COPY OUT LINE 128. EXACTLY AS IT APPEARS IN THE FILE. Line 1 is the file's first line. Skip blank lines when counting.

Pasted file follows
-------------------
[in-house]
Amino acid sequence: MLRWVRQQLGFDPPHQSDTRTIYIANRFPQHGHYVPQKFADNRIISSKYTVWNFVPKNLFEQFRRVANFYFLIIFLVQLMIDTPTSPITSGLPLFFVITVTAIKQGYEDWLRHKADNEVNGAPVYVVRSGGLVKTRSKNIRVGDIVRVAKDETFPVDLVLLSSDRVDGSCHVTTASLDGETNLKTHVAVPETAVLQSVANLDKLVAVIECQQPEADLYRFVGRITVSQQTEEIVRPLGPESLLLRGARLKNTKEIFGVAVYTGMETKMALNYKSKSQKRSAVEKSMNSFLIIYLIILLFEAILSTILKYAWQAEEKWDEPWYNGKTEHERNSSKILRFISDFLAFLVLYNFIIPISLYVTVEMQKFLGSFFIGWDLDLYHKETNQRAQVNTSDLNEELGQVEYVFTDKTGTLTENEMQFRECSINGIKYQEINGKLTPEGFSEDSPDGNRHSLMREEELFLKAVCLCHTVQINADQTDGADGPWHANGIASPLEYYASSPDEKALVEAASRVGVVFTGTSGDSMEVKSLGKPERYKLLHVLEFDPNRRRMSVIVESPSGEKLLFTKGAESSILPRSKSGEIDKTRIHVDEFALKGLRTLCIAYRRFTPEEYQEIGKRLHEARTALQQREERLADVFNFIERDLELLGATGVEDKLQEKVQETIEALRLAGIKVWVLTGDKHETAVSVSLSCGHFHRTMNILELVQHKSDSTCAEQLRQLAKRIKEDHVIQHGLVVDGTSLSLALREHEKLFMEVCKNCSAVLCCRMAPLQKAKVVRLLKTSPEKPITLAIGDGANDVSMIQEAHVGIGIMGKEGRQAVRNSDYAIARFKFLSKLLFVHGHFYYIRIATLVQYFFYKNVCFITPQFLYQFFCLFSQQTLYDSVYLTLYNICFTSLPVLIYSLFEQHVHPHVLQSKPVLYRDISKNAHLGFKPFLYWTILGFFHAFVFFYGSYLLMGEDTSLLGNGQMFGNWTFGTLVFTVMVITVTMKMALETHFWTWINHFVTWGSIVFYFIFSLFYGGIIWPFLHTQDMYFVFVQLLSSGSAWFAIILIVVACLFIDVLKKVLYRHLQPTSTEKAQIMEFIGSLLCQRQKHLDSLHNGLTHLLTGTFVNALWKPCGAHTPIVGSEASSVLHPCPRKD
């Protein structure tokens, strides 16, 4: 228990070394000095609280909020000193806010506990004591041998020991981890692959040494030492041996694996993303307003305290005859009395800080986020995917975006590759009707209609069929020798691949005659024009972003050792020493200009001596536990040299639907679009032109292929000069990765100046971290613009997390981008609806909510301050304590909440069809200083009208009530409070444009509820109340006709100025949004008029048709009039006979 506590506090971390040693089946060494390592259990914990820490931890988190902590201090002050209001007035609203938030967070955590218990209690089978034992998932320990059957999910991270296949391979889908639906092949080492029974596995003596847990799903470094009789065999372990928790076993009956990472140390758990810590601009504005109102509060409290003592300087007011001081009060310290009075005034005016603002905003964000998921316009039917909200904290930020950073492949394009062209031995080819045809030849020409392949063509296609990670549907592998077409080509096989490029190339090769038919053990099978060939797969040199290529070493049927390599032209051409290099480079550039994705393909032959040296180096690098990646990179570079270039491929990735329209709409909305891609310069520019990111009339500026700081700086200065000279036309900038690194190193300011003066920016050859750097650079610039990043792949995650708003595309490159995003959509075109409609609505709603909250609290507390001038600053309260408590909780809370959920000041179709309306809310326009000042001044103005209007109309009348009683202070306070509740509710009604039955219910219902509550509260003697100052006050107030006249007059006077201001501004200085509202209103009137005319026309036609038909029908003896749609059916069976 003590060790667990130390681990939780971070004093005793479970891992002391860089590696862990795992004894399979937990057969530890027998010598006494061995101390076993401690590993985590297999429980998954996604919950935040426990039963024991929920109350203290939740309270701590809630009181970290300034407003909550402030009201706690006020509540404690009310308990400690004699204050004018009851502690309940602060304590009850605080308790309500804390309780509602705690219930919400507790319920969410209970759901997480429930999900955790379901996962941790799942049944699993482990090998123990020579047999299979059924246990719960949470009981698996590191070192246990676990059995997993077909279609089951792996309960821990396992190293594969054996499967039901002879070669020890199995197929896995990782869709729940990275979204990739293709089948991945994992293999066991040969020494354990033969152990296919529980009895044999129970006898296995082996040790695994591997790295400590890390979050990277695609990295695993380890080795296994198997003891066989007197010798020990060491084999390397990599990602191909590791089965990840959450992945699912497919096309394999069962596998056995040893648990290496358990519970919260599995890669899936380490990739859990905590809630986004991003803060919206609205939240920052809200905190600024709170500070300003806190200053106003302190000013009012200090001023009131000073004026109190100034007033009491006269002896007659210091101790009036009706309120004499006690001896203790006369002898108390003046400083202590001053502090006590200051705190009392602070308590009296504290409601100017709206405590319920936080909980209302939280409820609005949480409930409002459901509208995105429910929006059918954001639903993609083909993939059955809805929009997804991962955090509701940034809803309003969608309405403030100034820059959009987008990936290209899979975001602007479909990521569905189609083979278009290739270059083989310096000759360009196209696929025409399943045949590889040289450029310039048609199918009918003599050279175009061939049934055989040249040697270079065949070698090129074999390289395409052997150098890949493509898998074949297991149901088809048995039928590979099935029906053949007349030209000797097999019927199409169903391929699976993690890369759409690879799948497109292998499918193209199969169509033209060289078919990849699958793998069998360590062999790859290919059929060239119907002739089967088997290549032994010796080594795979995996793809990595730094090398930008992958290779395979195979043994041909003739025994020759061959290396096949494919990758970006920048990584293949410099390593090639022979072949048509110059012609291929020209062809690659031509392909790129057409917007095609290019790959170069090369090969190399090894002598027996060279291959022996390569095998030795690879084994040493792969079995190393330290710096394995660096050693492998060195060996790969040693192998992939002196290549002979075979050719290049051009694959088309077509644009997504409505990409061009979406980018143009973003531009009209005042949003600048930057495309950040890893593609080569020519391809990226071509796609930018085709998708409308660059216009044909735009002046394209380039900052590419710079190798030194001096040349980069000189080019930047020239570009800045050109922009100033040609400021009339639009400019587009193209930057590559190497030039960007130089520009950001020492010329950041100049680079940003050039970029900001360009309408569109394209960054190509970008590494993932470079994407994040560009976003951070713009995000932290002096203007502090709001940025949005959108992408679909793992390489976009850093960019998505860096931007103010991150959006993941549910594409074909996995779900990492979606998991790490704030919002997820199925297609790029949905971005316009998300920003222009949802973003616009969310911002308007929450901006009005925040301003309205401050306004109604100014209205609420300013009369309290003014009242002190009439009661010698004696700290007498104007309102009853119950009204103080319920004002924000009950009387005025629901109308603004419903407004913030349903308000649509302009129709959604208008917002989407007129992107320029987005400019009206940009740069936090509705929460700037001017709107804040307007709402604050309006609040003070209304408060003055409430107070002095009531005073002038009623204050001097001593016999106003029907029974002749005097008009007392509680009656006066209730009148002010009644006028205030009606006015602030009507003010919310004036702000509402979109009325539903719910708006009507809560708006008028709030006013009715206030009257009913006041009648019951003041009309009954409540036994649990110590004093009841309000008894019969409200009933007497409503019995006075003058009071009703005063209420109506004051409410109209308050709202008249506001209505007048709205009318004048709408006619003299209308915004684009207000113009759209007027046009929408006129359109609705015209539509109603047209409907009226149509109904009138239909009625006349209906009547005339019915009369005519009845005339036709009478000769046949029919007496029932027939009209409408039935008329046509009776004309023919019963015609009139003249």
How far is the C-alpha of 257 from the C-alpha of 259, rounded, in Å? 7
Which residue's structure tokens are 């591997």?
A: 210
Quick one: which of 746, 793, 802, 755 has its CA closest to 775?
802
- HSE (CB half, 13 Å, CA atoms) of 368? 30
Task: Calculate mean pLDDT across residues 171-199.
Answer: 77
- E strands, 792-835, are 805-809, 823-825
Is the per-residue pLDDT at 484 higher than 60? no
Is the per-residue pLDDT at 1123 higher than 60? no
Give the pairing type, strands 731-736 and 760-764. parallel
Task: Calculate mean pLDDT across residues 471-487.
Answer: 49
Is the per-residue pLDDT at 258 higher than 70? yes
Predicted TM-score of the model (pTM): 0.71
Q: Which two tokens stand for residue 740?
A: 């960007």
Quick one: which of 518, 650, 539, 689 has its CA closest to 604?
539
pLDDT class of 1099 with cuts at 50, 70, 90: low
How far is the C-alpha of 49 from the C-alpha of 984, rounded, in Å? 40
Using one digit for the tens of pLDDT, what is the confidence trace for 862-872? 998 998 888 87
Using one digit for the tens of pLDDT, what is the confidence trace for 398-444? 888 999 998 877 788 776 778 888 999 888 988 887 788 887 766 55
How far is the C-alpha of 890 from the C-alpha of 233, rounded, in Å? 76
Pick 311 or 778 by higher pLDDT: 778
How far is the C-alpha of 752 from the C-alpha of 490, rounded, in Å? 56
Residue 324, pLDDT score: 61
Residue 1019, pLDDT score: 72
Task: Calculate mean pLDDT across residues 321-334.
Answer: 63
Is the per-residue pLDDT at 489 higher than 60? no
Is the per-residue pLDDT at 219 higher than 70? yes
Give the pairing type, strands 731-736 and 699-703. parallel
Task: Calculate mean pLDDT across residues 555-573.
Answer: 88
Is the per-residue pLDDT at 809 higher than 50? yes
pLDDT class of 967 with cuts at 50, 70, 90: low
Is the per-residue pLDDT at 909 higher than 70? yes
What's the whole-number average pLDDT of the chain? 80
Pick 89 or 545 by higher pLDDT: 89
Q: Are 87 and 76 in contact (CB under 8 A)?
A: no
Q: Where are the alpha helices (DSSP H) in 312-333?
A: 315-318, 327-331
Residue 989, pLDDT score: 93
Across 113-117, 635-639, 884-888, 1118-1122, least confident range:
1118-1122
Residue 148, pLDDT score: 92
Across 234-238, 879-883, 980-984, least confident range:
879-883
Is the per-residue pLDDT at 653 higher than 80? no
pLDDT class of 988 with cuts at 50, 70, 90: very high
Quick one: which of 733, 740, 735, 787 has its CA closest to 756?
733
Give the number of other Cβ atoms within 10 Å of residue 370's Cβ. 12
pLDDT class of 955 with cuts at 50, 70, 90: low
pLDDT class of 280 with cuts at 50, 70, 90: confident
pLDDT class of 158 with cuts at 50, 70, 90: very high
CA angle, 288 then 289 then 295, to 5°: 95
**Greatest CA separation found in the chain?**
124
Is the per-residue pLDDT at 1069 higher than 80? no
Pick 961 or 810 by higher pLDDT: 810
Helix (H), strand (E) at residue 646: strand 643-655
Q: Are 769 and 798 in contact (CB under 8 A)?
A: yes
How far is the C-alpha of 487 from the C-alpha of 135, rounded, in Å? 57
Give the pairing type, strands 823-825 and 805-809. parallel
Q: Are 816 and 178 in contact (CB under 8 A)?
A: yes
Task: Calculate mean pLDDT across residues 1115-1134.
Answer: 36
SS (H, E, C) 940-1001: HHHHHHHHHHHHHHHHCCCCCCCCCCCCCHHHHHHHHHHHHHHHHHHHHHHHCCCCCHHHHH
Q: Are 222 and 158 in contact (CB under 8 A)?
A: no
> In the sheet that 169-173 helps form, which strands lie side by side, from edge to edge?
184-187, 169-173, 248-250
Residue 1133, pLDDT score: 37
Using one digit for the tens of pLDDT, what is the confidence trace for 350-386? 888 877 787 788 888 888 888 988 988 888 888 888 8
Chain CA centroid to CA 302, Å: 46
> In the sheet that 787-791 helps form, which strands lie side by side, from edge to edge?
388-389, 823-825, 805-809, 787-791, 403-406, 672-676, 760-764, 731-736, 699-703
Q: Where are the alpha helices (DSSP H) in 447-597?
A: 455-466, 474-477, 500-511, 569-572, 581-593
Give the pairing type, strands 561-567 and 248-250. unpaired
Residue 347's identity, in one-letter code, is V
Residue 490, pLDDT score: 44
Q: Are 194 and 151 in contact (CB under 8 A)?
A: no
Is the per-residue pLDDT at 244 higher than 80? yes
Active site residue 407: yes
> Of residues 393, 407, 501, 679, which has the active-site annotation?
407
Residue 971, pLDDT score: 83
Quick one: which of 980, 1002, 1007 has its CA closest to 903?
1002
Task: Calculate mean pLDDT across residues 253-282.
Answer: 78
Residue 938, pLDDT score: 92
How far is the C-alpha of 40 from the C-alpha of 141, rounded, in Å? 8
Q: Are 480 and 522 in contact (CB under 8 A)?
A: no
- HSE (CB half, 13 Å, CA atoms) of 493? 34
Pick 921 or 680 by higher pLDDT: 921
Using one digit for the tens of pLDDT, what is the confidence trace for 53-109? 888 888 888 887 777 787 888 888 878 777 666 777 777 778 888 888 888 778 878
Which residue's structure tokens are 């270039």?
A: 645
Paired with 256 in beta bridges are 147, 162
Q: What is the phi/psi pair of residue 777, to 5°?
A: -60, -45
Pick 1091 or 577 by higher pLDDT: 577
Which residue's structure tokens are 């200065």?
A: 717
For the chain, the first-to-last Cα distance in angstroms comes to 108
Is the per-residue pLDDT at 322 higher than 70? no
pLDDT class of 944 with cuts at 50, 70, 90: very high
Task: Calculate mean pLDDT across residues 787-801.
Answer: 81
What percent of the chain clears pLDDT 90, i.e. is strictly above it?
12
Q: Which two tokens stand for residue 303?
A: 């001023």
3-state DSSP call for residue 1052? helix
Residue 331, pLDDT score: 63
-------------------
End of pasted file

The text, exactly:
Residue 331, pLDDT score: 63